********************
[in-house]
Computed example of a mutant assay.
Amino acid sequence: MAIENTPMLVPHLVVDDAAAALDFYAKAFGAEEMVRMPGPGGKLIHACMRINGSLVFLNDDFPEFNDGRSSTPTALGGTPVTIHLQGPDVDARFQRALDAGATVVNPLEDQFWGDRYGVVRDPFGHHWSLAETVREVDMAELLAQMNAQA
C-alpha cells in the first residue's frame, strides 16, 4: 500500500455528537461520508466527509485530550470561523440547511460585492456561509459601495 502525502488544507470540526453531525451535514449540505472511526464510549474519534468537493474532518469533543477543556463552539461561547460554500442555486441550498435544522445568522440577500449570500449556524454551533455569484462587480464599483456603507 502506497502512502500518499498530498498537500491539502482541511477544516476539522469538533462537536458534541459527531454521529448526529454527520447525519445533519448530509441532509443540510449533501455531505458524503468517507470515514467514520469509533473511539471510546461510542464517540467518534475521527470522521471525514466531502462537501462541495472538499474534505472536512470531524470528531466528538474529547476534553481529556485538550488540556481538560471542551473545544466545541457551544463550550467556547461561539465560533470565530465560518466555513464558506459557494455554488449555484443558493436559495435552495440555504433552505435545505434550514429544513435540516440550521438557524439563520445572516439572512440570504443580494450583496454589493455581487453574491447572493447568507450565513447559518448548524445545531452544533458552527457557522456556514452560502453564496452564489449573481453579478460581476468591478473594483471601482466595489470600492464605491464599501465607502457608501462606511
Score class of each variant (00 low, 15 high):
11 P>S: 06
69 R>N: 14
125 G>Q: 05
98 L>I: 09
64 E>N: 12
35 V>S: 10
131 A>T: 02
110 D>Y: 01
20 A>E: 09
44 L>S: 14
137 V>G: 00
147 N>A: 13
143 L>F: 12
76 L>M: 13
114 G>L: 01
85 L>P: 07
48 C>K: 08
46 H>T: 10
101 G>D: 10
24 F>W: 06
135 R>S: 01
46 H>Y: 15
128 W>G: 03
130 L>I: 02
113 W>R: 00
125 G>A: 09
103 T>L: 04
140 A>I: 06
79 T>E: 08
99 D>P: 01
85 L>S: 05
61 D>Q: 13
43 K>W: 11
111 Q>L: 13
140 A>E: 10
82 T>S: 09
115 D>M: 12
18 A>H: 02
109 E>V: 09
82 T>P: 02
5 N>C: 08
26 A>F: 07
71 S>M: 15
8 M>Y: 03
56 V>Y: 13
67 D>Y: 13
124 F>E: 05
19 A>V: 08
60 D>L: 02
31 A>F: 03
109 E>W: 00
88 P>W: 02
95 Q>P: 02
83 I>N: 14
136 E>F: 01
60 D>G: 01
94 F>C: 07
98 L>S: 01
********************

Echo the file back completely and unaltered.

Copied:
[in-house]
Computed example of a mutant assay.
Amino acid sequence: MAIENTPMLVPHLVVDDAAAALDFYAKAFGAEEMVRMPGPGGKLIHACMRINGSLVFLNDDFPEFNDGRSSTPTALGGTPVTIHLQGPDVDARFQRALDAGATVVNPLEDQFWGDRYGVVRDPFGHHWSLAETVREVDMAELLAQMNAQA
C-alpha cells in the first residue's frame, strides 16, 4: 500500500455528537461520508466527509485530550470561523440547511460585492456561509459601495 502525502488544507470540526453531525451535514449540505472511526464510549474519534468537493474532518469533543477543556463552539461561547460554500442555486441550498435544522445568522440577500449570500449556524454551533455569484462587480464599483456603507 502506497502512502500518499498530498498537500491539502482541511477544516476539522469538533462537536458534541459527531454521529448526529454527520447525519445533519448530509441532509443540510449533501455531505458524503468517507470515514467514520469509533473511539471510546461510542464517540467518534475521527470522521471525514466531502462537501462541495472538499474534505472536512470531524470528531466528538474529547476534553481529556485538550488540556481538560471542551473545544466545541457551544463550550467556547461561539465560533470565530465560518466555513464558506459557494455554488449555484443558493436559495435552495440555504433552505435545505434550514429544513435540516440550521438557524439563520445572516439572512440570504443580494450583496454589493455581487453574491447572493447568507450565513447559518448548524445545531452544533458552527457557522456556514452560502453564496452564489449573481453579478460581476468591478473594483471601482466595489470600492464605491464599501465607502457608501462606511
Score class of each variant (00 low, 15 high):
11 P>S: 06
69 R>N: 14
125 G>Q: 05
98 L>I: 09
64 E>N: 12
35 V>S: 10
131 A>T: 02
110 D>Y: 01
20 A>E: 09
44 L>S: 14
137 V>G: 00
147 N>A: 13
143 L>F: 12
76 L>M: 13
114 G>L: 01
85 L>P: 07
48 C>K: 08
46 H>T: 10
101 G>D: 10
24 F>W: 06
135 R>S: 01
46 H>Y: 15
128 W>G: 03
130 L>I: 02
113 W>R: 00
125 G>A: 09
103 T>L: 04
140 A>I: 06
79 T>E: 08
99 D>P: 01
85 L>S: 05
61 D>Q: 13
43 K>W: 11
111 Q>L: 13
140 A>E: 10
82 T>S: 09
115 D>M: 12
18 A>H: 02
109 E>V: 09
82 T>P: 02
5 N>C: 08
26 A>F: 07
71 S>M: 15
8 M>Y: 03
56 V>Y: 13
67 D>Y: 13
124 F>E: 05
19 A>V: 08
60 D>L: 02
31 A>F: 03
109 E>W: 00
88 P>W: 02
95 Q>P: 02
83 I>N: 14
136 E>F: 01
60 D>G: 01
94 F>C: 07
98 L>S: 01